I’m No Angel - Meet Mae West (1893-1980), American actor, writer, singer, comedian
By Guest Contributor Felicia Carparelli
Felicia Carparelli is a retired teacher/librarian and avid film fan, particularly of Hollywood's Golden Era, from Chicago. She is also a published author of The Murder in the Library, young adult novels and Jane Austen-inspired stories.
“Come up and see me sometime.” Iconic words from a past master.
Mae West, do you know her? Born in 1893, in the Bowery in New York, Mae was a precocious child and debuted as a singing Baby Mae. The story goes she stamped her little foot and demanded a spotlight one evening at a talent show. Mae won.
She moved on to being a shake and shimmy dancer in less than glamorous theaters. Her five foot tall figure, endowed with a rather large bust and ample hips was a hit in turn of the century Gilded Age America. More was more and Mae had it.
She was an actress and a writer long before her film career began. In 1926 she wrote a play called Sex, about a prostitute which was banned and put her in jail for eight days. The judge overturned the closing and the play went on to great ticket sales if not critical success. Mae usually laughed all the way to the bank. Another play, Drag, was also a success with theater goers not used to such vivid, racy material.
Her film career began in 1931 when she took the Super Chief, “train of the stars,” from New York to Los Angeles. Her first movie role was a small part in Night After Night (Archie Mayo, 1932), a film starring George Raft. “Mae stole everything but the cameras,” the critics said. For Mae, in her satin gown, dripping with jewels, had the best line of the movie:
“Goodness, what diamonds!” The hatcheck girl says to Mae.
“Goodness had nothing to do with it, dearie,” says Mae and she slowly walks up the circular staircase to fame and movie stardom.
In 1933 she shot her best known film, She Done Him Wrong (Lowell Sherman), a period piece set in 1890s Bowery New York, which co-starred a very young and gorgeous Cary Grant. Her role in the film was inspired by her “Diamond Lil” character whom she played for years on the New York stage. This signature role, also written and created by Mae, was a great hit with the public. This one movie alone saved Paramount Pictures from bankruptcy. Audiences in the sticks, the small town folk, were both shocked and titillated by her saucy ways and amazing figure and wardrobe.
“Come up and see me sometime,” she croons to Cary Grant. “Come up and I’ll tell your fortune. Ah, you can be had.” Heady stuff for depression era audiences who also relished her singing of “A Guy What Takes his Time” and “Frankie and Johnny.”
Another film with Cary Grant followed that same year. I’m No Angel (Wesley Ruggles; Mae co-wrote the script) is a romp with Mae as a carnival dancer turned lion tamer. I know, boggles the mind, but Mae pulled it off with panache. Watch it just to see her scintillate in a black and silver spider web gown as she makes wild eyes at a blueblood Cary Grant, who falls madly in love with her despite their opposite backgrounds. Her trio of maids, also a reflection on the times, sing to her while she gets dolled up for a night out.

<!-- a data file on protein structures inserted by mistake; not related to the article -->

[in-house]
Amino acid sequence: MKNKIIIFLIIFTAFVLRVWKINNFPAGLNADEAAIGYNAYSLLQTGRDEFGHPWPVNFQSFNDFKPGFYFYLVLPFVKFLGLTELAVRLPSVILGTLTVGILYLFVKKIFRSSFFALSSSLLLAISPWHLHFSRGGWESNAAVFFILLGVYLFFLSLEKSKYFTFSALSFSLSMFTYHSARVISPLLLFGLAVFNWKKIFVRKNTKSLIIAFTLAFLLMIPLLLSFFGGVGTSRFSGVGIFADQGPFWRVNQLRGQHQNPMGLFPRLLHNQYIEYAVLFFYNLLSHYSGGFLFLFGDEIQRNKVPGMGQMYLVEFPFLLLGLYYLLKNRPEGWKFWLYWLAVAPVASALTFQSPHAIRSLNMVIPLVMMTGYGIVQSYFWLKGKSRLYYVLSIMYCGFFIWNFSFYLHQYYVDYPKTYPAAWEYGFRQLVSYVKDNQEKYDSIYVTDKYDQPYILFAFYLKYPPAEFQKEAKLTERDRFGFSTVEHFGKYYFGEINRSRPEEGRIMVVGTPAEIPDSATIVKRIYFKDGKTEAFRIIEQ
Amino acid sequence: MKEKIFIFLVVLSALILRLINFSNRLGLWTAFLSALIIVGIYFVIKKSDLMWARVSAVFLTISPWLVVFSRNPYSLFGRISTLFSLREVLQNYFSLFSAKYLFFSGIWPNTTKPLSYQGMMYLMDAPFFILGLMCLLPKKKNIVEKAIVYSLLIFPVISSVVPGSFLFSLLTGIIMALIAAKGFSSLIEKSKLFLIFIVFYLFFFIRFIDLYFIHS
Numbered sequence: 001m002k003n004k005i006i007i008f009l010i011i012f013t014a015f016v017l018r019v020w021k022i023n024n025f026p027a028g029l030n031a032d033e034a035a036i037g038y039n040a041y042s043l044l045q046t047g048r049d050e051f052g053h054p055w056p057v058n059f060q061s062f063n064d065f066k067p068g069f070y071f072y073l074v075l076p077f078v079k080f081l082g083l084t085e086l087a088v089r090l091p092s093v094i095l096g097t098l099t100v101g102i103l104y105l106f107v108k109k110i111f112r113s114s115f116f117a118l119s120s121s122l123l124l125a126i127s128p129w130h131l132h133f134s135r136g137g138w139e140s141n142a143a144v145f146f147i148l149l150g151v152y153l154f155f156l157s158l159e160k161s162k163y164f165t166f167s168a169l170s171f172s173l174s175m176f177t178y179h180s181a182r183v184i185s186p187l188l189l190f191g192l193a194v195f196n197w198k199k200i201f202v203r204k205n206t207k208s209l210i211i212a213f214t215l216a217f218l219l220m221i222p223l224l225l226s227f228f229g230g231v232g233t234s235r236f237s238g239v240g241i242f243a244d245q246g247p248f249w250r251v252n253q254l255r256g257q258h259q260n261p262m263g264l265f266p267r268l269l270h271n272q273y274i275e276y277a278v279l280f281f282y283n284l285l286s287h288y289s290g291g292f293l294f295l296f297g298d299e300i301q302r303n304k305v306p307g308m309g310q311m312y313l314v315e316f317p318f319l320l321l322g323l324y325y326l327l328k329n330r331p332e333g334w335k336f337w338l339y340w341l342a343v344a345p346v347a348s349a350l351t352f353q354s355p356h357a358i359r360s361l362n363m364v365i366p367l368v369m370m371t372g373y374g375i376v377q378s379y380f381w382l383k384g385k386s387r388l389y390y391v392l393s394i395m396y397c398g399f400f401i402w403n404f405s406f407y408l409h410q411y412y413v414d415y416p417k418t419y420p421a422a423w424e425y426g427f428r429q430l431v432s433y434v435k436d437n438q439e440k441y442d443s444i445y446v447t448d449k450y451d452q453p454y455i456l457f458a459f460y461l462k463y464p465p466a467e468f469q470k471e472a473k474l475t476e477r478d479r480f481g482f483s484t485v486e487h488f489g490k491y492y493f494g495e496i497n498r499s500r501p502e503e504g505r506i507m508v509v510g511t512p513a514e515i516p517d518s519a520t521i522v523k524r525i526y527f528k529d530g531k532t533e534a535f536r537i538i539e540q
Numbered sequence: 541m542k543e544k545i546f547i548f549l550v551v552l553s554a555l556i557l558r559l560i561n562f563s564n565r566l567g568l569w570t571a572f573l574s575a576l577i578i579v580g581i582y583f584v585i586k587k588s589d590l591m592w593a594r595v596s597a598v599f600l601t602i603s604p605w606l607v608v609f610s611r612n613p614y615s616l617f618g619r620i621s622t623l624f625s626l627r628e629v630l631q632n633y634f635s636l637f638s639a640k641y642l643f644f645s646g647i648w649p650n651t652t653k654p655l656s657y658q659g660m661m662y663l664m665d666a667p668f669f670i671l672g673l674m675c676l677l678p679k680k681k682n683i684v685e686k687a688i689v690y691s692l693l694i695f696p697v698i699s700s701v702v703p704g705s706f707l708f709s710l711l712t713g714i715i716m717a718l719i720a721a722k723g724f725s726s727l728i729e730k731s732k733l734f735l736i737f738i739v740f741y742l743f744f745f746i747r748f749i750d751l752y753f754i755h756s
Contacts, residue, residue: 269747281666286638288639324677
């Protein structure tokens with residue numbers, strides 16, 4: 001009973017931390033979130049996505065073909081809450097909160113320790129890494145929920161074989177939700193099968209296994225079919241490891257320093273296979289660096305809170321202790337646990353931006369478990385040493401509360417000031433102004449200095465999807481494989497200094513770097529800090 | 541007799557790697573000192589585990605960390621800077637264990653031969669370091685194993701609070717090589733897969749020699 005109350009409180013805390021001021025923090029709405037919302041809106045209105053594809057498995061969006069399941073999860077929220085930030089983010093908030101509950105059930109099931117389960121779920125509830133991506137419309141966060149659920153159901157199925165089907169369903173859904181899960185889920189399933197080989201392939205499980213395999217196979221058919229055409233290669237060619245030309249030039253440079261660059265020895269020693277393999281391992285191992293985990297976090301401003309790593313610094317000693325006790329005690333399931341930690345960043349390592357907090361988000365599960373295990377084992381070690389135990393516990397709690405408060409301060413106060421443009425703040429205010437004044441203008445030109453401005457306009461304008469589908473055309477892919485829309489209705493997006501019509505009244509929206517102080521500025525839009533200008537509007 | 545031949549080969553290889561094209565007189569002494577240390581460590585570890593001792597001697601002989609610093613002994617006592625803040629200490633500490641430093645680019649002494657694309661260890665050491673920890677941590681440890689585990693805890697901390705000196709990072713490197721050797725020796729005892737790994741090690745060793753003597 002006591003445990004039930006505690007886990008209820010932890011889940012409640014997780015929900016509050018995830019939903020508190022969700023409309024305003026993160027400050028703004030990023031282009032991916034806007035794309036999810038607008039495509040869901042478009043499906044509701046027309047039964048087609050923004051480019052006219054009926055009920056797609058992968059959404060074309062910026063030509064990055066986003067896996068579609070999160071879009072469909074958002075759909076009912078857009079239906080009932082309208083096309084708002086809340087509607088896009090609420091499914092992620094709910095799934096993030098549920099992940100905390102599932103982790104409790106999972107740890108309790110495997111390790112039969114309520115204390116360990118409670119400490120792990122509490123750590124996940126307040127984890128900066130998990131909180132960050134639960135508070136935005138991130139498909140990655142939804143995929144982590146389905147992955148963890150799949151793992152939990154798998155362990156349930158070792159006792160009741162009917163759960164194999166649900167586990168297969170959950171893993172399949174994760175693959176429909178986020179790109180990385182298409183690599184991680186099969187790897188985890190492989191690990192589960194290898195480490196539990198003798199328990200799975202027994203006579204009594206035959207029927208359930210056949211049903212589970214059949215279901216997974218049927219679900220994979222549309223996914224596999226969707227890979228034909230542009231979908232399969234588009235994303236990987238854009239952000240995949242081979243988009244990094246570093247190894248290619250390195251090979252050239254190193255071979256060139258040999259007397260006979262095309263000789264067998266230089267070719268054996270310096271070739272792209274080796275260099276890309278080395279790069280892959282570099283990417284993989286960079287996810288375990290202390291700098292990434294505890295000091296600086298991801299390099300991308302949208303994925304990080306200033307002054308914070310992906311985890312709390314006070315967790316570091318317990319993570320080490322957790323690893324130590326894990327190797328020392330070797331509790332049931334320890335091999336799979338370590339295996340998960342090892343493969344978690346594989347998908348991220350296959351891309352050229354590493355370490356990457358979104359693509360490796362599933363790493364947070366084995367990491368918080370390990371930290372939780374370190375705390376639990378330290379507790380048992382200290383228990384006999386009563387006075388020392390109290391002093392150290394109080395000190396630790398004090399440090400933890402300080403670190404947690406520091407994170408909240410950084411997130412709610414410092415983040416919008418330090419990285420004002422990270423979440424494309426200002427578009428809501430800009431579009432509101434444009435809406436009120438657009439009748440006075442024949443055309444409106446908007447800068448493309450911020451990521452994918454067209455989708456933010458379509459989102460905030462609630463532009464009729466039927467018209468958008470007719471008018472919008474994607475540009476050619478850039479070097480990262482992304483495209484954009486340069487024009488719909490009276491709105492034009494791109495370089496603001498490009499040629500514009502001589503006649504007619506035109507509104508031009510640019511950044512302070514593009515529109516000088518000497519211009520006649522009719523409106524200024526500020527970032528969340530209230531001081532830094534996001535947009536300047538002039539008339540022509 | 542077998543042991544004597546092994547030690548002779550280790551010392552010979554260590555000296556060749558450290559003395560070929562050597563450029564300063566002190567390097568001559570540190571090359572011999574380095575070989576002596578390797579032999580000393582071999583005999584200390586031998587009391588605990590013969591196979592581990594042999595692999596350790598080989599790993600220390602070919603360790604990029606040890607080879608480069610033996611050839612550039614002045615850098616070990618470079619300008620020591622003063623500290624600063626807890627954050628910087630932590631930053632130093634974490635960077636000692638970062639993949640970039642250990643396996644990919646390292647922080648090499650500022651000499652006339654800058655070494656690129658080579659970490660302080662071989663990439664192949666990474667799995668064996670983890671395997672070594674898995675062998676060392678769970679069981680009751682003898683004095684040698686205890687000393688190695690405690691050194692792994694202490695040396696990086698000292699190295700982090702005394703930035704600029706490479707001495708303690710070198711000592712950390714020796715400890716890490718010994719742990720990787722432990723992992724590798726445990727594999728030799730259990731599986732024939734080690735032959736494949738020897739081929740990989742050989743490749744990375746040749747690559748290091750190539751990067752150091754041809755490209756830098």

A personal favorite of this writer is Goin’ to Town (Alexander Hall; Mae was the sole screenwriter) from 1935. Mae is a dance hall girl in the wild west who is left a small fortune from a cattle rustling beau who gets shot. She falls for a very proper Englishman and follows him all the way to “Bonus Aries” (as she said it) to race a horse named Cactus. You must watch her dress up and sing the role of “Delilah” in Saint-Saën’s “Samson and Delilah,” as she tries to impress the swank ladies and gents of the Hamptons in New York. Mae gets the last word and the guy - who happens to be the Earl of Carrington.
After her last hilarious picture with W.C. Fields, My Little Chickadee (Edward F. Cline, 1940), she embarked on a musical career, hitting the stages of major cities, including Las Vegas, singing and surrounded by muscle men to entice and amaze. This lasted for decades, as well as radio and TV appearances.
Mae West never hid her fondness for men and made a career of overt sexuality. Now she might appear a bit dated but at her peak she was dynamite. She was also fun. Her numerous comments about love and life are as pithy and memorable as any of Shakespeare’s. Check out one of her films today - you won’t be disappointed. You will laugh - a lot - in a good way and will want to rush out and buy a satin dress just to feel fabulous.
As Mae said, “When I’m good, I’m good, but when I’m bad I’m better.” Words to live by. Enjoy.
Bibliography and Recommended Reading
Tuska, John. The Complete Film of Mae West. Revised edition. Citadel Press, 1992.
West, Mae. Goodness had nothing to do with it. 1959. Belvedere Publishers, 1989.
Back to Life - Rediscovering Alice Guy Blaché (1873-1968)
By Marina Brafa
Have you ever heard of Alice Guy Blaché? Guy Blaché was one of the first female directors ever, starting her work as early as 1896. By 1914 - just 18 years later - she had either directed, overseen or produced roughly 1000 films of various length and genre, which makes her not only one of the few women in the early film business (besides actresses) but also a very productive one indeed.